This time last year we took our first look at the Samsung 830. It was a drive that made a lot of sense, especially as Samsung make the memory chips for nearly every SSD on the planet. In the end we found that it was very good indeed, just lacking a little at the top end of the speed range.
The past year has seen an influx of huge performing SSD's, and with the price per GB plummeting there is absolutely no reason not to have at least one SSD in your system, and not one so small you can only just squeeze the OS onto it either.
Samsung have released the 840 in three flavours. We have the standard model with 3 year warranty and TLC NAND, the 840 Pro we're reviewing today with a 5 year warranty and the faster MLC NAND, and it's available as the simple drive option, or with a mounting kit and sundries too. The 840 Pro is aimed at the Enterprise crowd, and enthusiast users. We all love stuff that's been engineered for the Enterprise market thanks to the speed and reliability, so the 840 Pro could be just the thing to make your gaming rig fly.
At a glance you might be forgiven for thinking this is the same as the old drive. Both were (in review form) 256GB models with a SATA6 interface. However this is Samsung we're talking about so beneath the hood all is very different.
The original 830 had 133Mbps NAND, this has 400Mbps. The original MCX controller was a 220MHz ARM 9, whereas this has a tri-core ARM Cortex R4 at 300MHz. As well as the big jump in general speed the 840 has built in AES256 Encryption, ensuring your data remains safe and secure. The biggest claimed improvement is in the small block size, which was the one area we really felt the 830 was lacking.
Finally whereas a lot of drives utilise compression to help keep up the attention grabbing numbers up, the Samsung 840 Pro doesn't compress the data, meaning that no matter what type of file you're using you'll see the same speeds across the board. If you think about RARs, Zips, JPGs and MP3s, you'll realise how many file types you use that already are compressed and therefore will transfer slower on a drive that compresses your data, and therefore how fast the Samsung 840 remains in all scenarios.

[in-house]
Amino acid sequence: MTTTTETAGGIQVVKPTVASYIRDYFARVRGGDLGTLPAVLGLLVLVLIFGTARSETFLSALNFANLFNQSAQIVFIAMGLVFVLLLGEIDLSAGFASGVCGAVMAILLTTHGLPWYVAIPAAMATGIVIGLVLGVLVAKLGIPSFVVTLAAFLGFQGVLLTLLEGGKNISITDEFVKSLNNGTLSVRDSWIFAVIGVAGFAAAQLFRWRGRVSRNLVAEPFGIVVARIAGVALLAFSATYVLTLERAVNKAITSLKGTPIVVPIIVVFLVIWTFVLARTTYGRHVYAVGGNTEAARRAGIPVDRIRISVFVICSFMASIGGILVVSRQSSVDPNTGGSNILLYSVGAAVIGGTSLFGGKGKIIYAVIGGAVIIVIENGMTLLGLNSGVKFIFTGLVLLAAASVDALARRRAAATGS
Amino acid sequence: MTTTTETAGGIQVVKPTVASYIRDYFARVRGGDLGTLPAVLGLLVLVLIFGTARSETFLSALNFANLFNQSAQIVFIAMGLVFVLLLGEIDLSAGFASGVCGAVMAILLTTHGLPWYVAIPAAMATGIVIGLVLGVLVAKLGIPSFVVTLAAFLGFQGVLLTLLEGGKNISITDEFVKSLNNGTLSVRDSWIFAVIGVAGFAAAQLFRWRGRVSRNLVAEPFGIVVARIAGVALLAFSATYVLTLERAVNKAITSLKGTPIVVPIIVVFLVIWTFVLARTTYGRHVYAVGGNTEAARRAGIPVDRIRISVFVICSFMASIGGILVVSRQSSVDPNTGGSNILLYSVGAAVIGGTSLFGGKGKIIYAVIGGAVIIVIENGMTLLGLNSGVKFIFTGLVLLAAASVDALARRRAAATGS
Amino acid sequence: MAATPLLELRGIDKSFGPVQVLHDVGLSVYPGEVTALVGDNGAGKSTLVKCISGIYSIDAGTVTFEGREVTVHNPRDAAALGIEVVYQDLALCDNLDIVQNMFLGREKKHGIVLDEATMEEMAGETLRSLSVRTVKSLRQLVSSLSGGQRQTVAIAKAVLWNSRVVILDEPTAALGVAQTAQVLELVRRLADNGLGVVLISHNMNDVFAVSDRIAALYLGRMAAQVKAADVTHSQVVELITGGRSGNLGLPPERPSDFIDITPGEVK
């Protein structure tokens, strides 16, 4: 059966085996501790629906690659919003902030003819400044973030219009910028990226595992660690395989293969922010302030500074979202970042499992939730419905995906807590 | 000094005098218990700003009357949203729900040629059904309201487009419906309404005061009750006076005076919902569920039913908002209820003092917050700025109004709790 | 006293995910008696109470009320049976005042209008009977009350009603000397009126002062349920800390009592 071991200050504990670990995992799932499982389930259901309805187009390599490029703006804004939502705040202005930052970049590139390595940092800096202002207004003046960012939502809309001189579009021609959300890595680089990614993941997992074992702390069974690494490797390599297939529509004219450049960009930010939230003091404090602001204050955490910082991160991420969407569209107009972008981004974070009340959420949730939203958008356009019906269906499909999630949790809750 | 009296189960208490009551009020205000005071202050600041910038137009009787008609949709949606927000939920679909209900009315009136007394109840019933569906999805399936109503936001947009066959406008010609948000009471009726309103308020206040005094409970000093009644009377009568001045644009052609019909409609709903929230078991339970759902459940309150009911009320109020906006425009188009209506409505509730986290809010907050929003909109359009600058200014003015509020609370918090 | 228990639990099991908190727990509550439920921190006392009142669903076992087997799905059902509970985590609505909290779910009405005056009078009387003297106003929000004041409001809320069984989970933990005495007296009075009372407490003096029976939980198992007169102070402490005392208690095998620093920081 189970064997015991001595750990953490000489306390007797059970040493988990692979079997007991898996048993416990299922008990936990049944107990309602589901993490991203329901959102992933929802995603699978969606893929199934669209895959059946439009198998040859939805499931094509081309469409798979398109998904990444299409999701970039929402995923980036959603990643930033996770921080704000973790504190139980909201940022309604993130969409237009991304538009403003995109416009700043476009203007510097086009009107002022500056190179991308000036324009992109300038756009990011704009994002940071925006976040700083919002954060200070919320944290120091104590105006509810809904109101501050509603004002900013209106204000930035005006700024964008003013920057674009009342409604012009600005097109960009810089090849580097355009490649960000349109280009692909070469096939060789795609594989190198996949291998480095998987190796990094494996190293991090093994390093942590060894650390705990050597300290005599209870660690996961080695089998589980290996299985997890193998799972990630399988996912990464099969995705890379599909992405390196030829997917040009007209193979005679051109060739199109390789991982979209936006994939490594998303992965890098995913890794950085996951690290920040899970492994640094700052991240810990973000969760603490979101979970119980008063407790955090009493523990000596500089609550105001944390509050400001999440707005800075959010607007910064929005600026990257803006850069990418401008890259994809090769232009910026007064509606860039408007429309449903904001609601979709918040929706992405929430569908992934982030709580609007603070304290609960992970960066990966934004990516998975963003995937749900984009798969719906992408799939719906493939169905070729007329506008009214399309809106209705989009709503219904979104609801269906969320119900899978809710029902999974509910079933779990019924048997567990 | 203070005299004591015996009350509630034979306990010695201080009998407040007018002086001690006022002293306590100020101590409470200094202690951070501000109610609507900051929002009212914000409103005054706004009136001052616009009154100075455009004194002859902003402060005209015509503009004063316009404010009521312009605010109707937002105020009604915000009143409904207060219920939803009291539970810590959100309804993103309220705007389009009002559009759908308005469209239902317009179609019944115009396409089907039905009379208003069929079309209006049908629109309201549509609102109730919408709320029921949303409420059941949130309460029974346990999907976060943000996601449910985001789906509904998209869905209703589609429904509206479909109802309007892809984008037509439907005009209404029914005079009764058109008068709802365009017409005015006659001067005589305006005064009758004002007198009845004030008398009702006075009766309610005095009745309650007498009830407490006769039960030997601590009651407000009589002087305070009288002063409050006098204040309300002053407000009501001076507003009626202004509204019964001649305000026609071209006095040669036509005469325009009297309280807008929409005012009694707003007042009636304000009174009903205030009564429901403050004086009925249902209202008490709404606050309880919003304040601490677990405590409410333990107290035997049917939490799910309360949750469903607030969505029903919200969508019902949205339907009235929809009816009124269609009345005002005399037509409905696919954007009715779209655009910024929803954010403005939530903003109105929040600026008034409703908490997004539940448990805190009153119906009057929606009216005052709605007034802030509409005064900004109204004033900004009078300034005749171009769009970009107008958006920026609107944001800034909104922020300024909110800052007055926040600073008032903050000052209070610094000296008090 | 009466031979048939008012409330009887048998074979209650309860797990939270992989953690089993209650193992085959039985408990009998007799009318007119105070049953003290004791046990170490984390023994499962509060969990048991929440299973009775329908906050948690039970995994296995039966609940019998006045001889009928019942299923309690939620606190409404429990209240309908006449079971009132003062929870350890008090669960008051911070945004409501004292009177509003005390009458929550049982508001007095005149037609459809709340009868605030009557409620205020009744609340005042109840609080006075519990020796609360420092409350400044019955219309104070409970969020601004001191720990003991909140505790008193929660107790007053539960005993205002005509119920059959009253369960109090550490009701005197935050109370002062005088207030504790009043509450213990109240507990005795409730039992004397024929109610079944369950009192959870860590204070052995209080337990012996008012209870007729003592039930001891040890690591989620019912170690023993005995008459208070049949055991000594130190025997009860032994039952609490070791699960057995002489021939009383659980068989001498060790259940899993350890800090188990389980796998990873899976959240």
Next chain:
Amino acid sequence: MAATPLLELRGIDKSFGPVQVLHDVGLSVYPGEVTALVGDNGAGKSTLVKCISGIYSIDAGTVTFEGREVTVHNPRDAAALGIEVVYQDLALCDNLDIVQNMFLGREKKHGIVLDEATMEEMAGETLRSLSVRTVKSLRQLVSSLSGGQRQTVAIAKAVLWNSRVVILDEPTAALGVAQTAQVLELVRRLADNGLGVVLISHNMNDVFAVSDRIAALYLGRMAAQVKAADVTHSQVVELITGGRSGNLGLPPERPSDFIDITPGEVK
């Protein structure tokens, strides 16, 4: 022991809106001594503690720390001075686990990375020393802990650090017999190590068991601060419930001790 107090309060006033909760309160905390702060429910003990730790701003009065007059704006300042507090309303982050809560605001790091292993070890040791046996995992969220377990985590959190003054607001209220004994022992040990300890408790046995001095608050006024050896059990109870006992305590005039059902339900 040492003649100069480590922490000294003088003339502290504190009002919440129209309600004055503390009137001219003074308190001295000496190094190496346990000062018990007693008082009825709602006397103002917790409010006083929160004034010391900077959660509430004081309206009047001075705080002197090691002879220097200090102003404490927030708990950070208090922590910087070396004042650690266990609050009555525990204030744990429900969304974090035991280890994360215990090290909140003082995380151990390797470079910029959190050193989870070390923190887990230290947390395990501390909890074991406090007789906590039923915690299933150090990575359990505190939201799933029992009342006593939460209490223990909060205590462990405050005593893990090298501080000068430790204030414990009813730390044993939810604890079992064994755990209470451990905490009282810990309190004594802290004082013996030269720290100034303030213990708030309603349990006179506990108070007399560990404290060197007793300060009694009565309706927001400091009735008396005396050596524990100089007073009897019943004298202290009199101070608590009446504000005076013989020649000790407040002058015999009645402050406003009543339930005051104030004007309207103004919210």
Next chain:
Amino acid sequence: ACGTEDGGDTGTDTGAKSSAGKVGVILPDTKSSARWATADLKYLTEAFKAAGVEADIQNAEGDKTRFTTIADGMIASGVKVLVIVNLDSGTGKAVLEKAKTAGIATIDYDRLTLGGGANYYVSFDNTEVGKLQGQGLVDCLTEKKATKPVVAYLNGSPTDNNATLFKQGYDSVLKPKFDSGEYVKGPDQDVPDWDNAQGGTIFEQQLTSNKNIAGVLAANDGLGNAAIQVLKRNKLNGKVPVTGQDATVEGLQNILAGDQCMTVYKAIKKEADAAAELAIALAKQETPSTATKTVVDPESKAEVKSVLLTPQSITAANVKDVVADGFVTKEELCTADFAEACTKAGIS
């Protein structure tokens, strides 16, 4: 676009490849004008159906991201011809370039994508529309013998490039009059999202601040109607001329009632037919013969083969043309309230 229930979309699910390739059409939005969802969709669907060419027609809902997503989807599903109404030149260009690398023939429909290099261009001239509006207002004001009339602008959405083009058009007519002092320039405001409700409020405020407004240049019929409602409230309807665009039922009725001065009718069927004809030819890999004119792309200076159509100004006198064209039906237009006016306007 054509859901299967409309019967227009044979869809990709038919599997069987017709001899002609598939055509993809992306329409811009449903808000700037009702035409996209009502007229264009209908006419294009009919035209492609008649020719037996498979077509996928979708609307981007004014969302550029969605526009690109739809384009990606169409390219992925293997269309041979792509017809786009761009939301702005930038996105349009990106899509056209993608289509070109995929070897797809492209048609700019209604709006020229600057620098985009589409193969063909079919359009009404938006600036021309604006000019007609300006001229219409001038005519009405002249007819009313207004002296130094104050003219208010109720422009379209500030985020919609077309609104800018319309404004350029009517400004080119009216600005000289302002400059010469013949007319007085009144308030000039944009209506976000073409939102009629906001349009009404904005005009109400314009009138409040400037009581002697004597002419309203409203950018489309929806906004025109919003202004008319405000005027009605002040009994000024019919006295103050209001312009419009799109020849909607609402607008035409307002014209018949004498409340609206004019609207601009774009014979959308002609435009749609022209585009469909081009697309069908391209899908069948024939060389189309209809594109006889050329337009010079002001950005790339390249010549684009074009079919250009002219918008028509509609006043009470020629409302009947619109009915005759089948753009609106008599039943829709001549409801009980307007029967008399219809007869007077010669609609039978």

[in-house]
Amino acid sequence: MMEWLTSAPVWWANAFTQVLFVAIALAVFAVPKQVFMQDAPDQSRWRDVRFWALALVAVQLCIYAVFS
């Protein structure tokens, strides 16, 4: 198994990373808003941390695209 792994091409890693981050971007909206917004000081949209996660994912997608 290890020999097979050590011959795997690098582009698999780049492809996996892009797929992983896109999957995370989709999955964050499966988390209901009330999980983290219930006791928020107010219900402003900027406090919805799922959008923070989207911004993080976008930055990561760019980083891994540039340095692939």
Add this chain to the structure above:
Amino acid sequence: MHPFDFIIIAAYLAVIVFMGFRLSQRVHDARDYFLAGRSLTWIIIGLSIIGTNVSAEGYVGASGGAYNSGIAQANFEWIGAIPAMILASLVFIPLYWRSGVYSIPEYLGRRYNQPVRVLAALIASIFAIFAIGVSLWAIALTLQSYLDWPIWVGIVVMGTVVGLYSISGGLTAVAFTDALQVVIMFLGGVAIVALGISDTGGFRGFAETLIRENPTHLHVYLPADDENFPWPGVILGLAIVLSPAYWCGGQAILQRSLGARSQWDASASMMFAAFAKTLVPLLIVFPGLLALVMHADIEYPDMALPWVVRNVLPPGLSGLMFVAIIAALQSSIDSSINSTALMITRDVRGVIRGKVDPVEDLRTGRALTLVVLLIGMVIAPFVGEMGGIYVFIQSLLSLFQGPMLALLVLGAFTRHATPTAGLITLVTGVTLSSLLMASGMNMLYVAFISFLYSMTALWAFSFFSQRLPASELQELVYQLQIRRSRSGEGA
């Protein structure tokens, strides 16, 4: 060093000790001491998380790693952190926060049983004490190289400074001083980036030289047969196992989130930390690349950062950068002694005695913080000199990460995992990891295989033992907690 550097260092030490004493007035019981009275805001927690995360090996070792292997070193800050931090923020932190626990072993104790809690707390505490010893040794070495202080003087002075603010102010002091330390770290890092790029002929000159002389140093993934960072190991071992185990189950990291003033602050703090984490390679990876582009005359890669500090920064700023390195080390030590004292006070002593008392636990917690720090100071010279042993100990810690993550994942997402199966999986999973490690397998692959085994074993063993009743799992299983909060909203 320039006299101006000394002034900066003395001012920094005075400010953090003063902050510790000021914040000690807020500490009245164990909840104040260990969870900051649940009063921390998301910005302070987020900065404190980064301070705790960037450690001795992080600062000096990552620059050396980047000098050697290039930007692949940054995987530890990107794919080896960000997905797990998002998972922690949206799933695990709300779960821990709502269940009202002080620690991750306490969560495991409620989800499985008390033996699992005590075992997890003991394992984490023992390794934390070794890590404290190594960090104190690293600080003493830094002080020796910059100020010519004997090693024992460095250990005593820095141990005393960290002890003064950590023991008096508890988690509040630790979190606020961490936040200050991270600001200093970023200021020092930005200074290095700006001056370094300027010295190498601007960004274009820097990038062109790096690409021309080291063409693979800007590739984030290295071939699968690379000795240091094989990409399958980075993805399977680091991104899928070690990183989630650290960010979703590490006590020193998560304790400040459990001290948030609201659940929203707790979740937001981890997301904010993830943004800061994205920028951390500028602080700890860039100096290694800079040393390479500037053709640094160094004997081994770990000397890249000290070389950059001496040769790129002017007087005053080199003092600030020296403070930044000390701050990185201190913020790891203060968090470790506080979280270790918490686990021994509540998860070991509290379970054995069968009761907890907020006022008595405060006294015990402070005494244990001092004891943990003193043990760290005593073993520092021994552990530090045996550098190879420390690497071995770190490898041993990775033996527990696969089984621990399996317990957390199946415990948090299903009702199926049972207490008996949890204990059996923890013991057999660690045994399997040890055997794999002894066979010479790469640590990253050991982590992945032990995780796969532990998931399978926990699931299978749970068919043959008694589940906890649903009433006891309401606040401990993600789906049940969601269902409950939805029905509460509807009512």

|Product Type||Solid State Drive|
|Design||2.5" 7mm ultra-slim|
|Read Speed||Up to 540 MB/s|
|Write Speed||Up to 520 MB/s|
|Random Read||Up to 100K IOPS|
|Random Write||Up to 90K IOPS|
|Contents||Samsung SmartMigration Software, Samsung Software & Manual CD|
As is always the case with SSDs, there isn't much to show. It's a box with a drive in it. However, Samsung have taken the classy route with very minimalist packaging, and a classy looking drive inside.
It's no surprise that we like the black and orange combination. But we do have to say that the orange square makes us think of a telecommunications company. Otherwise the drive is a solid all-black affair and very attractive.
The SSD Magician software covers all of the tasks that you are likely to wish to perform with your new SSD. It also includes the most stress-free Firmware updating procedure that we've encountered on a Solid State Drive, requiring nothing more than a little patience and a reboot. Although we'd prefer it if the software itself would download the Firmware rather than sending you to their site and making you download and unzip it. It's not a problem for us but we know that not everyone is as happy to tinker under the hood as most of you reading this, so Samsung have missed a trick.
Over provisioning dedicates some space to the controller to enable it to perform the wear-levelling tasks that ensure your drive remains in tip top condition.
Crystal Disk Mark
In Crystal Disk Mark we see that the 4K results are, although much better than the 830, not quite up there with the very finest. It's close though. The big block size and sequential read tests give a massive result though. If the read is impressive, the write speeds are something else entirely. The 840 Pro slaughters the competition, especially in the 4K test. Stunning stuff.